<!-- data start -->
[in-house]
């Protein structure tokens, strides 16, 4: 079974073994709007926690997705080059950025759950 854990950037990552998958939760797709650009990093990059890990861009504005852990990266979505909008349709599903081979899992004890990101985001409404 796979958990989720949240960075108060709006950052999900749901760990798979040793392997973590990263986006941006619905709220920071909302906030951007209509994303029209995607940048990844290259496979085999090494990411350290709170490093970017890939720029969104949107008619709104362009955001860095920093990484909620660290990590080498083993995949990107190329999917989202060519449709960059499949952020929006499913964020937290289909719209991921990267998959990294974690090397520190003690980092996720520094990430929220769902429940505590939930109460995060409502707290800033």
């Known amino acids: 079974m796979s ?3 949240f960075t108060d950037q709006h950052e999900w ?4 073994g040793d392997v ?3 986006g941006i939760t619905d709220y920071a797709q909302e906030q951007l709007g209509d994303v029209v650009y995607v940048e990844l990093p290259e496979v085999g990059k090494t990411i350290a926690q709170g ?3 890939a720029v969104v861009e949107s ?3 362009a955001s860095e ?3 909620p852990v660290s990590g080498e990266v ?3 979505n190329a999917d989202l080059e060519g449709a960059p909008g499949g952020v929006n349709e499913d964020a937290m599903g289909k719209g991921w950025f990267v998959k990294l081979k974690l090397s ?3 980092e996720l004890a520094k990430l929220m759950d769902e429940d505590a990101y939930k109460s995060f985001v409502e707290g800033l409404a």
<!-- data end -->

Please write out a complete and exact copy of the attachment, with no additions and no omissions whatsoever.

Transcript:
[in-house]
């Protein structure tokens, strides 16, 4: 079974073994709007926690997705080059950025759950 854990950037990552998958939760797709650009990093990059890990861009504005852990990266979505909008349709599903081979899992004890990101985001409404 796979958990989720949240960075108060709006950052999900749901760990798979040793392997973590990263986006941006619905709220920071909302906030951007209509994303029209995607940048990844290259496979085999090494990411350290709170490093970017890939720029969104949107008619709104362009955001860095920093990484909620660290990590080498083993995949990107190329999917989202060519449709960059499949952020929006499913964020937290289909719209991921990267998959990294974690090397520190003690980092996720520094990430929220769902429940505590939930109460995060409502707290800033």
């Known amino acids: 079974m796979s ?3 949240f960075t108060d950037q709006h950052e999900w ?4 073994g040793d392997v ?3 986006g941006i939760t619905d709220y920071a797709q909302e906030q951007l709007g209509d994303v029209v650009y995607v940048e990844l990093p290259e496979v085999g990059k090494t990411i350290a926690q709170g ?3 890939a720029v969104v861009e949107s ?3 362009a955001s860095e ?3 909620p852990v660290s990590g080498e990266v ?3 979505n190329a999917d989202l080059e060519g449709a960059p909008g499949g952020v929006n349709e499913d964020a937290m599903g289909k719209g991921w950025f990267v998959k990294l081979k974690l090397s ?3 980092e996720l004890a520094k990430l929220m759950d769902e429940d505590a990101y939930k109460s995060f985001v409502e707290g800033l409404a």